By Valerie Volcovici and Delphine Schrank
WASHINGTON/IXTEPEC, Mexico (Reuters) - President Donald Trump said on Sunday that there will be no deal to legalize the status of young adult immigrants called Dreamers and he said the U.S.-Mexico border is becoming more dangerous.
After tweeting a "Happy Easter" message on Twitter, he said: "Border Patrol Agents are not allowed to properly do their job at the Border because of ridiculous liberal (Democrat) laws like Catch & Release. Getting more dangerous.
"'Caravans' coming. Republicans must go to Nuclear Option to pass tough laws NOW. NO MORE DACA DEAL!" he wrote, adding a threat to kill the North American Free Trade Agreement which is being renegotiated with Mexico and Canada.
DACA, or Deferred Action for Childhood Arrivals, is a program created in 2012 under Democratic former President Barack Obama that Trump sought to rescind last autumn.
Designed for people brought to the United States as children by parents who were undocumented immigrants, the program shielded them from deportation and gave them work permits.
- PHOTOS: What's Brewing in Steamy Hallows, the Harry Potter-Inspired Cafe19 Pictures
- PHOTOS: Frida Kahlo at the Brooklyn Museum doesn't hold back23 Pictures
Trump had said he was open to a deal with congressional Democrats who want to protect DACA in exchange for funding to build a U.S.-Mexico border wall, a campaign trail promise.
He insisted during his 2016 White House run that Mexico would pay for the wall, something the Mexican government has repeatedly rejected.
Mexico's presidential front-runner, Andres Manuel Lopez Obrador, launched his campaign close to the border on Sunday demanding respect for Mexicans and signaling he may take a harder line toward Trump if he wins the July 1 election.
"Mexico and its people will not be the piñata of any foreign government," Lopez Obrador said in a speech in Ciudad Juarez, Mexico, which borders El Paso, Texas. "It's not with walls or use of force that you resolve social problems."
Whether Trump will stick to his guns on DACA is unclear. Trump last month threatened to veto a spending bill because it did not address the fate of Dreamers and did not fully fund his border wall but he ultimately signed the bill.
In the months after Trump took office, apprehensions of illegal crossers along the U.S.- Mexico border dropped from more than 42,400 arrests in January 2017 to a low of around 15,700 in April, according to U.S. Customs and Border Protection data. Since then, the number of arrests has risen and in the first months of 2018 was above Obama administration levels.
"Mexico has got to help us at the border," the president, who is spending Easter at his Mar-a-Lago resort in Florida, told reporters on his way into an Easter church service. "A lot of people are coming in because they want to take advantage of DACA. They had a great chance. The Democrats blew it."
Trump's DACA tweets came after a report on the Fox New Channel's Fox & Friends program, one of his favorites, that a "caravan" of mostly Honduran migrants was crossing Mexico and headed to the United States, "either illegally or by asking for asylum."
More than 1,000 would-be migrants have passed through Mexico's southern states of Chiapas and Oaxaca in recent days in a so-called "refugee caravan" organized by U.S.-based immigrant advocacy group Pueblo Sin Fronteras.
In the town of Ixtepec, more than 1,500 men, women and children from Honduras, El Salvador and Guatemala waited in a sweltering warehouse on Saturday, mattresses rolled and bags packed, as local authorities and immigration officials from Mexico's federal government organized 15 buses to take them to their next stop on the long journey north.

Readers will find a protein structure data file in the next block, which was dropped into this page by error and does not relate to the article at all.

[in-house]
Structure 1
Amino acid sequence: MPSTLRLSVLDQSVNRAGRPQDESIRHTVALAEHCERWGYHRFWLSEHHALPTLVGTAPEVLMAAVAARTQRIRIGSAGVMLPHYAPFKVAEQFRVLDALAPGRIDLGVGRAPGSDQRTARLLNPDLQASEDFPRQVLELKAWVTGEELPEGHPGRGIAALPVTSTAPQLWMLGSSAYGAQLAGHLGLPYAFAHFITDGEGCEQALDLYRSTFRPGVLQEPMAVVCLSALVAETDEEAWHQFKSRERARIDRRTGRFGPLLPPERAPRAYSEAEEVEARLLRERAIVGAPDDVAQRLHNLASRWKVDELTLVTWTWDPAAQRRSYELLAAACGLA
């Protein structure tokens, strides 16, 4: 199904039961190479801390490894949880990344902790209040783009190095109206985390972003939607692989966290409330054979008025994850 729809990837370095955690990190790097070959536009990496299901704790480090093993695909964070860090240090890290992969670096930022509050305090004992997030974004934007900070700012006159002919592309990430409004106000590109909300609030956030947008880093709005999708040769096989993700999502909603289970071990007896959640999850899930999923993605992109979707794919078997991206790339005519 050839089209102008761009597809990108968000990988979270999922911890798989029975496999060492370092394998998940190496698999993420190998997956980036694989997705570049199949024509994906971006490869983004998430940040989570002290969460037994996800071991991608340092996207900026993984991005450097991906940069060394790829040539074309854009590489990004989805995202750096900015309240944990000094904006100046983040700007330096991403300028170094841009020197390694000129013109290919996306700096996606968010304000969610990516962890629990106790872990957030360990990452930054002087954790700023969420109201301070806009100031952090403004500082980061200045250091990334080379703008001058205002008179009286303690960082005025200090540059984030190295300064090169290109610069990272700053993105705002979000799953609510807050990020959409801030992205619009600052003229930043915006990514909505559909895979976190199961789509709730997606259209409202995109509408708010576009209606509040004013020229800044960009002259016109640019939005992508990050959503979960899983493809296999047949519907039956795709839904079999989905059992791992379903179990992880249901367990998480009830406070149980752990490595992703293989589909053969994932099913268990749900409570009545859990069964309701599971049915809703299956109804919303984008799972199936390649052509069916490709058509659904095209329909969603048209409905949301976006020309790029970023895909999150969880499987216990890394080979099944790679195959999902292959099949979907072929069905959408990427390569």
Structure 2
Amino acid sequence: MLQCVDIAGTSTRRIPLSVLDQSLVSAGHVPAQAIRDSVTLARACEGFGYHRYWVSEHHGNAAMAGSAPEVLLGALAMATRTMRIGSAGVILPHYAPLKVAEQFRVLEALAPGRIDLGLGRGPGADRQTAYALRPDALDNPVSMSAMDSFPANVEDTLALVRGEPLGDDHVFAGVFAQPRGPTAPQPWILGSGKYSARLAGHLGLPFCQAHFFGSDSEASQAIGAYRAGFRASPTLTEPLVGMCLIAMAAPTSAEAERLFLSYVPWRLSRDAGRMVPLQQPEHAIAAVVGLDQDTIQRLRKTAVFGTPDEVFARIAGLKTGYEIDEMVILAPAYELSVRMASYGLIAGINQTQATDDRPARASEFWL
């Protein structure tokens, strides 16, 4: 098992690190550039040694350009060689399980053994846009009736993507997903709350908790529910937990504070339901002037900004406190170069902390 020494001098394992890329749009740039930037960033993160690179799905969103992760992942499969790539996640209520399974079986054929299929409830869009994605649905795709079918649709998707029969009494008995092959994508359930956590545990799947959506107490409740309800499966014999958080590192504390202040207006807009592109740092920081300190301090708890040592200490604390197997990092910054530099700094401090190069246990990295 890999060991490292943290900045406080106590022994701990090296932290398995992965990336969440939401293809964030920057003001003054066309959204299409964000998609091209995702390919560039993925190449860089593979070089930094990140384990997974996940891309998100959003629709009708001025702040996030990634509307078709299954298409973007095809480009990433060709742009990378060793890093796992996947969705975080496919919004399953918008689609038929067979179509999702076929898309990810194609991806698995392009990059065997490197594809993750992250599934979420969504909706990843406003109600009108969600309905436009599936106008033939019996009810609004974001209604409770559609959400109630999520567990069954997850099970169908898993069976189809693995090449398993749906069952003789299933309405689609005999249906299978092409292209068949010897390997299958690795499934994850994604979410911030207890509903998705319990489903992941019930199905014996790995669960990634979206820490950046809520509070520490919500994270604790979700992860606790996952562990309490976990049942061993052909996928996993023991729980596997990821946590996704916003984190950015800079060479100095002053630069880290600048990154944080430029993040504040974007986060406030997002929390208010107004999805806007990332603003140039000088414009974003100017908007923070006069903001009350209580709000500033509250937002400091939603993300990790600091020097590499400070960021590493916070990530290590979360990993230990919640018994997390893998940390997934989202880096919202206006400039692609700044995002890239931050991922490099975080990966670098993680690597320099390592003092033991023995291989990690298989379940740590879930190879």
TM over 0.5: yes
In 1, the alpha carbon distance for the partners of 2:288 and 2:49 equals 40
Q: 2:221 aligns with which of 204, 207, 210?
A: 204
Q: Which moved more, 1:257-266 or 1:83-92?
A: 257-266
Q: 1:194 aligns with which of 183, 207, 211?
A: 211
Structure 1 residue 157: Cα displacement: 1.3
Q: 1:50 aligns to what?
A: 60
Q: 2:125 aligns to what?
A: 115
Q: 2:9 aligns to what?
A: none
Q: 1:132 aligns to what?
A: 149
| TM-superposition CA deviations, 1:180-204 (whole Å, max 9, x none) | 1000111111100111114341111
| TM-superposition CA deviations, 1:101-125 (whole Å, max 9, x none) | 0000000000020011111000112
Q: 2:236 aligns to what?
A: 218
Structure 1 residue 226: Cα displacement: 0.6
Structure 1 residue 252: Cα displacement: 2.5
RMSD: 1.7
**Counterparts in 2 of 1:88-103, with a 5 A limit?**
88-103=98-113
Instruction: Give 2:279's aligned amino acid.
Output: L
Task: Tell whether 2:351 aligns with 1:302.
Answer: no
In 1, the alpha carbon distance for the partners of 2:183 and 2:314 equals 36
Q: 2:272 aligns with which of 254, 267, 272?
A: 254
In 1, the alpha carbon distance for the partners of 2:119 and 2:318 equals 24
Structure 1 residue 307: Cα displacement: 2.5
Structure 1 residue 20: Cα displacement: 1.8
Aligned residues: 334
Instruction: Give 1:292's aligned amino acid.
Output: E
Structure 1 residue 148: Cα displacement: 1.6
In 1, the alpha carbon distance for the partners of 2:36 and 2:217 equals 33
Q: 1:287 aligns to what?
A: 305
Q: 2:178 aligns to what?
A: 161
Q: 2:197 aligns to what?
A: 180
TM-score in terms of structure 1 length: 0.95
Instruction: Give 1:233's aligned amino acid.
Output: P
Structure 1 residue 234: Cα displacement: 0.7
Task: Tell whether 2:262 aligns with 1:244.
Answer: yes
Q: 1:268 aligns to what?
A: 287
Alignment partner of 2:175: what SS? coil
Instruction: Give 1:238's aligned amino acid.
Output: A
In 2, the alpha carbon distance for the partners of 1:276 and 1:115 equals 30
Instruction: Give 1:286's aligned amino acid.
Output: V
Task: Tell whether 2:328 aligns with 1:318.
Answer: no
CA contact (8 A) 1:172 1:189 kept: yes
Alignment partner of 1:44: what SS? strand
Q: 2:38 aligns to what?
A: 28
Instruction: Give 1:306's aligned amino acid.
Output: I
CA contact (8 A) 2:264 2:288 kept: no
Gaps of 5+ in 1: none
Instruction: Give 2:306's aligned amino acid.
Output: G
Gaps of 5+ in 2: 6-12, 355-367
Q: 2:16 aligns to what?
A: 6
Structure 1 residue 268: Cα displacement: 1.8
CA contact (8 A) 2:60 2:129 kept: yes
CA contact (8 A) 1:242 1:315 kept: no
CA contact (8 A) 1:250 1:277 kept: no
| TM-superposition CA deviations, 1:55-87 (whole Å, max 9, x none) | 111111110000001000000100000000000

By traveling together, the immigrants hope to protect themselves from the crime and extortion that makes the route through Mexico dangerous. They say some but not all of them will seek asylum if they reach the United States.
Gina Garibo, a member of Pueblo Sin Fronteras traveling with the migrants, said the group would hold a meeting to discuss Trump's statements on Sunday and stressed that the caravan's aim was to protect vulnerable people.
"The main people here are fleeing criminal violence, political violence, in their country and this allows us to save lives," she said in response to Trump's comments.
A guest on Sunday's Fox & Friends show, Brandon Judd, head of the National Border Patrol Council union, said illegal immigrants benefit from the "catch and release" program that Trump referenced in his tweet. Under it, they can be freed while awaiting court hearings if detained in the United States.
If recent border crossers do not claim asylum, they can usually be deported quickly. But if they say they fear targeted violence or persecution in their home countries, they can begin the long process of petitioning for asylum in immigration court.
Trump said on Twitter on Sunday that Mexico is doing "very little, if not NOTHING," to stop the flow of people across the southern border. "They must stop the big drug and people flows, or I will stop their cash cow, NAFTA. NEED WALL!"
Mexican Foreign Minister Luis Videgaray said the United States and Mexico work together on migration every day.
"An inaccurate news report should not serve to question this strong cooperation. Upholding human dignity and rights is not at odds with the rule of law. Happy Easter," he said in a tweet.
Mexico deported some 80,000 people in 2017, down from about 160,000 in 2016, official statistics show. The vast majority were from Central American nations. The drop reflects fewer Central Americans crossing the country last year.
(Reporting by Valerie Volcovici in Washington and Delphine Schrank in Ixtepec, Mexico; Additional reporting by by Steve Holland in West Palm Beach, Mica Rosenberg in New York, David Lawder in Washington and Lizbeth Diaz in Ciudad Juarez; Editing by Steve Orlofsky and Daniel Wallis)